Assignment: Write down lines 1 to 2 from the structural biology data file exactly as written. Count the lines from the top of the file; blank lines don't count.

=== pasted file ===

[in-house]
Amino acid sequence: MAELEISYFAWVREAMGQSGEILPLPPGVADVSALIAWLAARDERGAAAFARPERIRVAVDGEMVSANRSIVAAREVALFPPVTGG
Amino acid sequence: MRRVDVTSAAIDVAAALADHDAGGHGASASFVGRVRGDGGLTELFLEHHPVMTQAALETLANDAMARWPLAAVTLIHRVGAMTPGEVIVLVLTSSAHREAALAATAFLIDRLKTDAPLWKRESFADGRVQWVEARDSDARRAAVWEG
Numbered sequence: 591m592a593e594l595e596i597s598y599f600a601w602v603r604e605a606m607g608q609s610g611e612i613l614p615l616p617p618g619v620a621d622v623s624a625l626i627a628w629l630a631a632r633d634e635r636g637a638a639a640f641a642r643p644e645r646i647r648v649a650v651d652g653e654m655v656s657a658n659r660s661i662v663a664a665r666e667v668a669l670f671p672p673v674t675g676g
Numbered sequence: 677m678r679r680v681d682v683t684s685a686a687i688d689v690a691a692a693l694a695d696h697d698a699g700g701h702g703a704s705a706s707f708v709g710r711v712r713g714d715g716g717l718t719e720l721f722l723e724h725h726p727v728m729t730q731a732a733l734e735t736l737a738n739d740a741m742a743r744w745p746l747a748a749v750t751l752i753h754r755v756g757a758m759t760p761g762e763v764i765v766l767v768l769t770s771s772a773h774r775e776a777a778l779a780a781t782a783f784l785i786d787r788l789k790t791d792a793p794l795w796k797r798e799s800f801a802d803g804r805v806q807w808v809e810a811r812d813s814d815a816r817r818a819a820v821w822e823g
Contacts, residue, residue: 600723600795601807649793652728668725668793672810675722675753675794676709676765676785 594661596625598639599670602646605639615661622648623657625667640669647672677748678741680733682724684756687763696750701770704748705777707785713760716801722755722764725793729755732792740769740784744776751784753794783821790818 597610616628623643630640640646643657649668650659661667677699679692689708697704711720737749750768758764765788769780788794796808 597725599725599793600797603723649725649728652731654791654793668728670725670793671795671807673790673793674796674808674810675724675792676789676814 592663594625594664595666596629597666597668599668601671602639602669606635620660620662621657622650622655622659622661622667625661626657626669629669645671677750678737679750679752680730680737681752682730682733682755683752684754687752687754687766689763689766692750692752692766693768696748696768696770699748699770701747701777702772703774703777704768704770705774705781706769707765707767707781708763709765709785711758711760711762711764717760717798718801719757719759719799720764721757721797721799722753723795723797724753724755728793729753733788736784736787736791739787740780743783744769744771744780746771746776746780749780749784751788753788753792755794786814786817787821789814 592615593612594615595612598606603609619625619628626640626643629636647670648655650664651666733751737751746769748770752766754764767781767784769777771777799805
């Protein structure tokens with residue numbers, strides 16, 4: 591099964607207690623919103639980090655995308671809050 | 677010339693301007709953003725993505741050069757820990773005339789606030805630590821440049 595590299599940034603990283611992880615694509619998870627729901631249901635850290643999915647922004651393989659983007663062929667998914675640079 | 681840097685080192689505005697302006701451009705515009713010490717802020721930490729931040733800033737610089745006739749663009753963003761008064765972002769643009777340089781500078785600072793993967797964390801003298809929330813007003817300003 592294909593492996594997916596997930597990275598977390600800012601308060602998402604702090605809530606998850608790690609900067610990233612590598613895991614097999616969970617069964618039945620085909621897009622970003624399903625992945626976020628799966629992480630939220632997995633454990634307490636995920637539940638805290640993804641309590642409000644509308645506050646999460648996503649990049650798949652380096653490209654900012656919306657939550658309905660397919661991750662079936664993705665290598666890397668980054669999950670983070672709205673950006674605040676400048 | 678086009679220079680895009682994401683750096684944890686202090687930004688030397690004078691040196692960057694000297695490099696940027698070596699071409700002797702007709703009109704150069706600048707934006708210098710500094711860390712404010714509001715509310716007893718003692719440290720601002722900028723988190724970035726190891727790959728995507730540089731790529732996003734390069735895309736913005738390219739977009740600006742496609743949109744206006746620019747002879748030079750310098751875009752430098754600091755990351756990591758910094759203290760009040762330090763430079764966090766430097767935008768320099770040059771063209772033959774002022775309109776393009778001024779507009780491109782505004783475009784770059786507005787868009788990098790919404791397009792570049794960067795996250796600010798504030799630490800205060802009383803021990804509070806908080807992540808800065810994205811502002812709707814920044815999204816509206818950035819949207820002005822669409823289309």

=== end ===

[in-house]
Amino acid sequence: MAELEISYFAWVREAMGQSGEILPLPPGVADVSALIAWLAARDERGAAAFARPERIRVAVDGEMVSANRSIVAAREVALFPPVTGG